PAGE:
You MUST watch this. Honestly. TriAgain left the YouTube link in the comment section. When I finally got time to view the whole thing, Dr. Dye's remarks left quite an impression and actually left me wanting more.
This is unvarnished, straight-talking Scott F. Dye, who has been described as a “renegade knee theorist.” He calls himself a “surgical minimalist” as well. Most importantly, he has thrown his weight behind the only medical theory of understanding chronic knee pain (“the envelope of function”) that makes sense, at least to me.
The YouTube video is a 56-minute presentation (and q&a session) that he gave that I could write pages and pages about. Instead, I’ll just touch on some highlights.
* The worst cases of knee pain he sees are “iatrogenic.” That’s a very significant word to know. Because it means, basically, the surgeon caused the problem. Well, not the initial knee pain, but the surgery to “correct the problem” made it worse.
He shows a slide of several knees that went through multiple surgeries. Each knee got worse after all the operations.
* Chondromalacia is not a death sentence (he has asymptomatic grade three chondromalacia, he tells us). Also it’s not the same thing as patellofemoral pain syndrome. This common confusion clearly irks him; he even mentions that the Mayo Clinic website wrongly uses the two as synonyms.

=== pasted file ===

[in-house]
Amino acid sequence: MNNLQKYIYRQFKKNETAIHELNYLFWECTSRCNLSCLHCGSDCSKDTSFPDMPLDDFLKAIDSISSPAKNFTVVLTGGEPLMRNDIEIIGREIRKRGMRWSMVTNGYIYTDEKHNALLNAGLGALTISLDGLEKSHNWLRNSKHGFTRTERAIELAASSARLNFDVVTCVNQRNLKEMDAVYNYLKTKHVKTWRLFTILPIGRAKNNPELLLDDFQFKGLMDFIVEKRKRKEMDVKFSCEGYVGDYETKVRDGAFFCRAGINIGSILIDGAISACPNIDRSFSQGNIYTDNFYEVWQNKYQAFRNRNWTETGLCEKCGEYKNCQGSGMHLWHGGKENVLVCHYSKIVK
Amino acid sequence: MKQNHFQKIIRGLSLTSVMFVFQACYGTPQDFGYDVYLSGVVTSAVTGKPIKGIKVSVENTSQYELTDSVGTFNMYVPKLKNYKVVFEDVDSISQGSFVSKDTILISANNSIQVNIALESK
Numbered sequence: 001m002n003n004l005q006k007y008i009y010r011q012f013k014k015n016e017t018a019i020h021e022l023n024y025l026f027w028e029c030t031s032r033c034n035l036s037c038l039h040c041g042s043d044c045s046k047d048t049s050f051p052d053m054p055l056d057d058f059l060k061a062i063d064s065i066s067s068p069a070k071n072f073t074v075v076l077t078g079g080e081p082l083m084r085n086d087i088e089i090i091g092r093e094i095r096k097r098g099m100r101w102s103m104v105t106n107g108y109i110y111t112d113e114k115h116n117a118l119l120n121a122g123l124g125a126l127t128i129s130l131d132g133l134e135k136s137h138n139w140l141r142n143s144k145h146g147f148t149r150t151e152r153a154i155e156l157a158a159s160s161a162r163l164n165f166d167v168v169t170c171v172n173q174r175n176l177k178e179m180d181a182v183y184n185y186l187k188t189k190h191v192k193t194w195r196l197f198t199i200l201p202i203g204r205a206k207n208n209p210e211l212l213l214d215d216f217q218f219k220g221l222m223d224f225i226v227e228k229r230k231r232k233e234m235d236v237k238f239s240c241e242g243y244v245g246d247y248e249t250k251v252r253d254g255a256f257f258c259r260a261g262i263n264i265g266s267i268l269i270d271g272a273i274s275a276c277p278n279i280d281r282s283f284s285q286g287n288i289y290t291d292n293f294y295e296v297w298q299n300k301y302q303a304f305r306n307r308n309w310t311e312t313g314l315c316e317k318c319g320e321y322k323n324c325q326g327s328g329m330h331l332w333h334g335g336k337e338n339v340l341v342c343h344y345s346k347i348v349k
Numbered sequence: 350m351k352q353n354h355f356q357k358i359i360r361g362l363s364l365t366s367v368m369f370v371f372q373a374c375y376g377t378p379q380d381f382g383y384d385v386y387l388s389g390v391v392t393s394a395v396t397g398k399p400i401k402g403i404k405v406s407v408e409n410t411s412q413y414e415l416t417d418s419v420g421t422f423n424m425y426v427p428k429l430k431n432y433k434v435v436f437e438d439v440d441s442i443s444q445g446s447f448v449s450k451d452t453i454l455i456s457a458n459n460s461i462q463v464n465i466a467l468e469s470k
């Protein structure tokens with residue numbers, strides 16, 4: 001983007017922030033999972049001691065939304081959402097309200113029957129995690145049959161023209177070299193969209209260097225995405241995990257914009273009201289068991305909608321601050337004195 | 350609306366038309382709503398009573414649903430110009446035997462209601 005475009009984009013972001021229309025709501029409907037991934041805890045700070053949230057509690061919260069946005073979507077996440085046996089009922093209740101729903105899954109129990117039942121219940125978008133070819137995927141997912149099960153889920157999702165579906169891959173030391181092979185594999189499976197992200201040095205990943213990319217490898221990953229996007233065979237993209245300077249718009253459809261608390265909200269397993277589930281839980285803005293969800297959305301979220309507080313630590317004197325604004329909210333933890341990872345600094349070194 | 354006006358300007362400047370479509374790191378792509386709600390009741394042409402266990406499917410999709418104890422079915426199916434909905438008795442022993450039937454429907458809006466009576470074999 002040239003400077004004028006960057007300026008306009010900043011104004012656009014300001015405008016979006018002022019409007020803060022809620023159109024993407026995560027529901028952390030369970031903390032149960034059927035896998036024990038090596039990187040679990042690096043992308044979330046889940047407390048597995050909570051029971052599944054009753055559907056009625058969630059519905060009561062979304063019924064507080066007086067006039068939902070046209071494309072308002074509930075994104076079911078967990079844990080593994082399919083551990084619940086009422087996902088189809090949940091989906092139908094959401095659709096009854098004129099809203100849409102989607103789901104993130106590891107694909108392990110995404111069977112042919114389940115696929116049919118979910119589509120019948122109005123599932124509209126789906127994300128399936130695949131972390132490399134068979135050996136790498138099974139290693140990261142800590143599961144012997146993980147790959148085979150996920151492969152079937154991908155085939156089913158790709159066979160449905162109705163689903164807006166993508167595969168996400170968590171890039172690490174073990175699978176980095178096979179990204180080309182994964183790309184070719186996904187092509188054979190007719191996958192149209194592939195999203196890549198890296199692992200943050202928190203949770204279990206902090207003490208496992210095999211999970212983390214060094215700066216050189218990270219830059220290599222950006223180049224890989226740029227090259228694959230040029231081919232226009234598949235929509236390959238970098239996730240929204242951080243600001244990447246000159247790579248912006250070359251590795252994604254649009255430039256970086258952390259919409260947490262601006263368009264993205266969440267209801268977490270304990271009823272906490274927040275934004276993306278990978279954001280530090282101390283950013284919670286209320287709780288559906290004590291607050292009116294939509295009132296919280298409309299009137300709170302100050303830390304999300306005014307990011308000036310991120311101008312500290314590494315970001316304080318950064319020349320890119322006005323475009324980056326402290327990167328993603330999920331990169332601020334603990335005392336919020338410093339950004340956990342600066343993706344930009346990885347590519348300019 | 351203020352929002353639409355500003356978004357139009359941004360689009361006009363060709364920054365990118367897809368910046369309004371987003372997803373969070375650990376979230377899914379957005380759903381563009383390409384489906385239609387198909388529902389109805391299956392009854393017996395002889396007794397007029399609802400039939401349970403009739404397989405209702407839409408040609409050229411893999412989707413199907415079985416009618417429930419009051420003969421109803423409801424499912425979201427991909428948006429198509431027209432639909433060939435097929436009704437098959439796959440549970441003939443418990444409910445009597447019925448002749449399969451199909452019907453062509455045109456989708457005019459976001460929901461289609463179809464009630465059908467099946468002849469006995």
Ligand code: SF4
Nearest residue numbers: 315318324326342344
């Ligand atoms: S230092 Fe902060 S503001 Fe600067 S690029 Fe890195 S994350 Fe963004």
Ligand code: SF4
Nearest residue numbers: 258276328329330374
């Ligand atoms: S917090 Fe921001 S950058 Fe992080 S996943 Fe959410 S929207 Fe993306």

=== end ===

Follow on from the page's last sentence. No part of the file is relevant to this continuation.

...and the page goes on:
“This is total and utter nonsense,” he says.
* Patellofemoral pain syndrome does NOT correlate with malalignment. There’s one study I usually cite as evidence to support this; he lists what appears to be a dozen or so studies.
What’s more, he makes the point that it’s dangerous to try to make adjustments based on perceived malalignment. He shows an X-ray where the kneecap looks tilted – but if you look at a different image that includes the cartilage too, you see the cartilage on the patella and end bone actually mate perfectly.
So what if a surgeon had gone in and tried to shave off some cartilage or perform a lateral release to “fix” that kneecap, which was actually perfect for that particular person? That’s how you get iatrogenic problems.
* He believes the key to understanding what’s wrong with painful knees is through a bone scan. This I find quite intriguing. I often thought that some kind of bone scan would have revealed the problem in my knees that the X-ray and MRI didn’t really detect.
(Yes, I blamed bad cartilage, and I still think there’s some truth to that, as excessive force on the joints may reduce the ability of cartilage to absorb shock, but I think a bone scan may have found other problems.)
* He is incredulous when talking about “PT Nazis,” who encourage patients to work through their pain threshold. I almost stood up and cheered. This approach is just nuts. I know it now, you should too, and Dye remarks, “This is just sickening.” He’s right. “No pain, no gain” makes sense for muscle growth, but not for a sore and aching joint.
* Then, finally, on being a surgical minimalist, he says “less is more.” He also conjures up a really neat image when he says, “Sometimes we surgeons have to get the pebble out of the shoe.” Notice the implied modesty there. This isn’t surgeon as superman, trying to remodel your entire joint. Rather, he’s trying to remove something small that doesn’t belong in a well-functioning joint.
Watch it. You’ll be glad you did.